Onset and Duration
Dosage and Administration
Xanthine bronchodilator (theophylline derivative)
Aminophylline achieves bronchodilation via different mechanisms than sympathomimetics and may be effective when sympathomimetics are not. Aminophylline is a respiratory stimulant as well as a bronchodilator; it has mild diuretic properties and positive chronotropic and inotropic effects (in large doses). In emergency care, aminophylline is usually administered by slow intravenous infusion. It has been reduced to a second-line drug in the emergency setting with the advent of more efficacious agents and controversy over its usefulness; it is used in life-threatening conditions after other agents have proven ineffective.
Onset: Less than 15 min IV
Duration: 4 1/2 hr
Bronchospasm (associated with asthma, chronic bronchitis, emphysema)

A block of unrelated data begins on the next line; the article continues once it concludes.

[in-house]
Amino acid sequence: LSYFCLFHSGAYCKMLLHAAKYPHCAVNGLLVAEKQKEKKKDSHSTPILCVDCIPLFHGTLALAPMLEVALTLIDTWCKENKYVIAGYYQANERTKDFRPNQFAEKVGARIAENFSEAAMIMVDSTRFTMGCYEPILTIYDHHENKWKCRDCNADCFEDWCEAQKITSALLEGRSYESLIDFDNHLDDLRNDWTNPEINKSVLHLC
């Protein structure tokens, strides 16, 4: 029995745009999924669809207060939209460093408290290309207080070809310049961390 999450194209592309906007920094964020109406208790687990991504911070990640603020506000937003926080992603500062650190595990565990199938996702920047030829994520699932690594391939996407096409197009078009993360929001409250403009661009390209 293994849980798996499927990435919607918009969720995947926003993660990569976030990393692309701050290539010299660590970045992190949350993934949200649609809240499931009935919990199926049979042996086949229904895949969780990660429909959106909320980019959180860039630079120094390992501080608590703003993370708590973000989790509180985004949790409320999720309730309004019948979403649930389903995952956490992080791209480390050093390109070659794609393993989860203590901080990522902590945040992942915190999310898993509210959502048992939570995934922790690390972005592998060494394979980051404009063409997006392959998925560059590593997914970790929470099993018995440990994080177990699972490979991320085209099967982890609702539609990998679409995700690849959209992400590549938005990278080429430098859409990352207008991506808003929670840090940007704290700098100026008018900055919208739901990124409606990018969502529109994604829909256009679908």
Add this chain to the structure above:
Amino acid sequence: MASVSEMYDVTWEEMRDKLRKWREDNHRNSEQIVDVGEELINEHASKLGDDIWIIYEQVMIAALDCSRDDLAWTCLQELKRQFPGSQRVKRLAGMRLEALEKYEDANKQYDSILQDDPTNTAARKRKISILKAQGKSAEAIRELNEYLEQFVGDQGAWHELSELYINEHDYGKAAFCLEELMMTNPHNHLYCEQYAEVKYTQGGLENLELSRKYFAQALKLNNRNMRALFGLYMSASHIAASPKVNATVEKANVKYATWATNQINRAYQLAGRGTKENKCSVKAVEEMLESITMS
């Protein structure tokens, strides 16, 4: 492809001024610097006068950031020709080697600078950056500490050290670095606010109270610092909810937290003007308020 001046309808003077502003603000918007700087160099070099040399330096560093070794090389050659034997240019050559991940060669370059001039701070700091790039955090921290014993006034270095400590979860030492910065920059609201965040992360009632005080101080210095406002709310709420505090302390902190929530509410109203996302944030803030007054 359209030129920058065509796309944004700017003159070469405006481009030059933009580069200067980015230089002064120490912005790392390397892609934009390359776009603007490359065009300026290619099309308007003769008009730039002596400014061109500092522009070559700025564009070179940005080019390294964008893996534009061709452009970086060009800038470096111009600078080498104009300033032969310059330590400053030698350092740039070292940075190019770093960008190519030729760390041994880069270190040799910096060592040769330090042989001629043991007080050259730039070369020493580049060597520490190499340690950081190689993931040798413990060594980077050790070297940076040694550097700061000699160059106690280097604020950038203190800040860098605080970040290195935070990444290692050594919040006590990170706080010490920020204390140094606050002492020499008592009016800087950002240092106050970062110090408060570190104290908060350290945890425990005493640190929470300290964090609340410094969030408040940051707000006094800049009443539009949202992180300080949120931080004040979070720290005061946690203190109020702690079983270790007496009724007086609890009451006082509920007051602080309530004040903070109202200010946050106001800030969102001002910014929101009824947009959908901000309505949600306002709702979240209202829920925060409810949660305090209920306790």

Bronchospasm associated with pulmonary edema
May be effective when sympathomimetics have been ineffective
Congestive heart failure
Allergy to xanthine compound (for example, caffeine)
Hypersensitivity to the drug
Nausea and vomiting
Beta blockers may oppose effects.
Barbiturates, phenytoin, and smoking may decrease theophylline levels.
500 mg/10-ml ampule (50 mg/ml)
500 mg/20-ml ampule, preload (25 mg/ml)
250 mg/10-ml ampule, preload (25 mg/ml)
|Patient category||First 12 hours||Subsequently (based on serum aminophylline levels)|
|Young adults (smokers)||1||0.8|
|Young adults (non-smokers)||0.7||0.5|
|Patients with heart failure or liver disease||0.5||0.1-0.2|
Pregnancy safety: Category C.
Aminophylline should be used with caution in patients with cardiovascular disease, hypertension, or hepatic or renal insufficiency. Doses should be reduced by half in patients who have had a theophylline preparation within the past 6-24 hours. Hypotension may occur after rapid administration. Therapeutic-to-toxic ratio is narrow.